Where the grey linnets carol from the hillo
O let them ne'cr with artificial note,

To please a tyrant, Atrain the little bill,
But sing what heaven inspires, and wander where they

will.

VI.
Liberal, not lavil, is kind nature's hand; ;
Nor was perfection inade for man below.
Yet all lier schemes with nicest art are plann'd,
Good counteracting ill, and gladness wo.
With gold and.gems if Chilian mountains glowg

If bleak and barren Scotia's hills arise ;
There plagie and poison, luft and rapine grow;;

Here peaceful are ibe valçs, and pure the skies, And freedom fires the soul, and sparkles in the eyes.

VII. Then grieve not, thon to whom the indulgent Myfe Vouchlafes a portion of celellial fire ; Nor blame the partial lates, if they refuse Th' imperial banquet, and the rich'attire. Know thine own worth and reverence the lyre. Wilt thou debase the heart which God refin'd ; No; let the heaven-taught soul, to heaven aspire

To fancy, freedom, harmony, relign'd;
Ambition's groveling crew for ever left behind.

VIII.
Canst thou forego the pure etherial soul
In each fine sente so exquisitely keen,
On the dull couch of Luxury to loll,
Stung with disease, and Itupified with spleen;
Eain to implore the aid of Flattery's screen,
Even from thyself thy loathsome heart to hide,
(The mansion then no more of joy serene)

Where fear, distruít, malevolence, abide,
And impotent desire, and disappointed pride?

ix.
O how canst thou renounce the boundless store
Of charms which Nature to her vot’ry yields !
The warbling woodland, the resounding shore,
The pomp of groves, and garniture of fields ;

,
All that the genial ray of morning gilds,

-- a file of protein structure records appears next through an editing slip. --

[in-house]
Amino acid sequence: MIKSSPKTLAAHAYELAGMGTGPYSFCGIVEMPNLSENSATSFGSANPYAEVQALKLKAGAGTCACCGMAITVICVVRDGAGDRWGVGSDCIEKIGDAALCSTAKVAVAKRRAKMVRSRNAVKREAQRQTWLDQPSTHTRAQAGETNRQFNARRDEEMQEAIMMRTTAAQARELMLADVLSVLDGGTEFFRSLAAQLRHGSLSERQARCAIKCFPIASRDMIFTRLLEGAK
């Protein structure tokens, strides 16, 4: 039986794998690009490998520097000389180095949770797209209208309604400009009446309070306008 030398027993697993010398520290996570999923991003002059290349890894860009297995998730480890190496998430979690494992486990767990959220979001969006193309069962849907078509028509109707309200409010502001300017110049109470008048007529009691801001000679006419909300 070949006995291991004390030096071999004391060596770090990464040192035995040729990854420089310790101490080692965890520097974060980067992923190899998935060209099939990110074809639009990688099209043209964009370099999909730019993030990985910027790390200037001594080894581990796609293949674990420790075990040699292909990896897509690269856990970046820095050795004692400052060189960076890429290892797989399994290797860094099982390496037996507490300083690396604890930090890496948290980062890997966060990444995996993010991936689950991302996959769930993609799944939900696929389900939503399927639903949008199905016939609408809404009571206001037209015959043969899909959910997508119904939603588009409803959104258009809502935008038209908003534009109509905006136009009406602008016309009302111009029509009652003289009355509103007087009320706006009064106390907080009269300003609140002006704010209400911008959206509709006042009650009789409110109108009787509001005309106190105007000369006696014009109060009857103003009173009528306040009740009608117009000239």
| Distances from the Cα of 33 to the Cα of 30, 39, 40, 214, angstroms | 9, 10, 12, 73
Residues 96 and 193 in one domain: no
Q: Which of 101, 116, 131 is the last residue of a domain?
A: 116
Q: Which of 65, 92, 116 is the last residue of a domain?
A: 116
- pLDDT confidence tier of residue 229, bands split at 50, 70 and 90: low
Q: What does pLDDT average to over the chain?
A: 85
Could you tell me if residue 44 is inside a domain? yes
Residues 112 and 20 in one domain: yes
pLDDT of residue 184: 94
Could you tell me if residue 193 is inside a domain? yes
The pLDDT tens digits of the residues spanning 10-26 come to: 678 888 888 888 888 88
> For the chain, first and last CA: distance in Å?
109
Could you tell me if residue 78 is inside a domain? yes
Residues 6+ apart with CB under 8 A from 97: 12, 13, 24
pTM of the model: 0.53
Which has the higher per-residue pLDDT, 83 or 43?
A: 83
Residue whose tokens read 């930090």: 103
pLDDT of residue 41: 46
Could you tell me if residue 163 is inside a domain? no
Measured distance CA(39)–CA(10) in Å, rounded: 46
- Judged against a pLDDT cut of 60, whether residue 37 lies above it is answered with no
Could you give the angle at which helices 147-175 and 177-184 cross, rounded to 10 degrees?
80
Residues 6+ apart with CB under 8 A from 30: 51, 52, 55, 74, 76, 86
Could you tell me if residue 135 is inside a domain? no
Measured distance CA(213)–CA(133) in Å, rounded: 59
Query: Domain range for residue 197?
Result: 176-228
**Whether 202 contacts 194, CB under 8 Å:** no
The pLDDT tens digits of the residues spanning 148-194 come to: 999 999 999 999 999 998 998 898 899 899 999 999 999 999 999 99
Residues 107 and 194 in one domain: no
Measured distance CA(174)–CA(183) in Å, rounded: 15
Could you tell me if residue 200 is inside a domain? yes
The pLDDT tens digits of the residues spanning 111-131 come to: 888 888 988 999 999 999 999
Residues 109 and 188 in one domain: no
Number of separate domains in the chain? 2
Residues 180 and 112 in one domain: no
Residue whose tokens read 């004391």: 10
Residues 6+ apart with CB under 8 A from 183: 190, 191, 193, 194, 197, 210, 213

And all thai echoes to the fong of even,
All that the mountain's sheltering hosom fields,

And all the dread magnificence of heaven, O how canst thou renounce, and hope to be forgiven!

X. These charms shall work thy soul's eternal health, And love, and gentleness, and joy impart.

But these thou must renounce, if luft of wealth
E’er win its way to thy corrupted heart;
For, ah! it poisons like a scorpion's dart ;
Prompting the ungenerous wish, the felish fcheme.
The ftern refolve, unmov'd by pity's smart,

The troublous day, and long distressful dream.Return, my roving Mufe, resume thy purposed theme.

XI.
There liv'd in Gothic days, as legends tell,
A shepherd-swain, a man of low degree ;
Whose fires, perchance, in Faryland might dwell,
Sicilian groves, or vales of Arcady;
But he, I ween, was of the north countrie :: *
A nation fam'd for fong, and beauty's charms;
Zealous, yet modeft; innocent though free ;

Patient of toil; ferene amidst alarms,
Inflexible in faith ; invincible in armi.

XII.
The shepherd-fwain of whom s mention made,
On Scotia's mountains fed his little flock;
The fickle, scythe, or plough, he never swaydi;
An honest heart was almost all his stock ;
His drink the living water from the roek;
The milky dams supplied his board, and lent,
Their kindly fleece to baffle winter's shock;

And he, though oft with duit and sweet besprent, Did guide and guard their wanderings whersoe'er they

went.

There is hardly an ancient Ballad, or Romance, wherein a Minstrel or Harper appears, but he is characterised, by way of eminence, to have been “ Of the North countrie.It is probable that under this. appellation were formerly comprehended all the provinces to the North, of the Trent.

See Percy's Essay on the English Minftrels.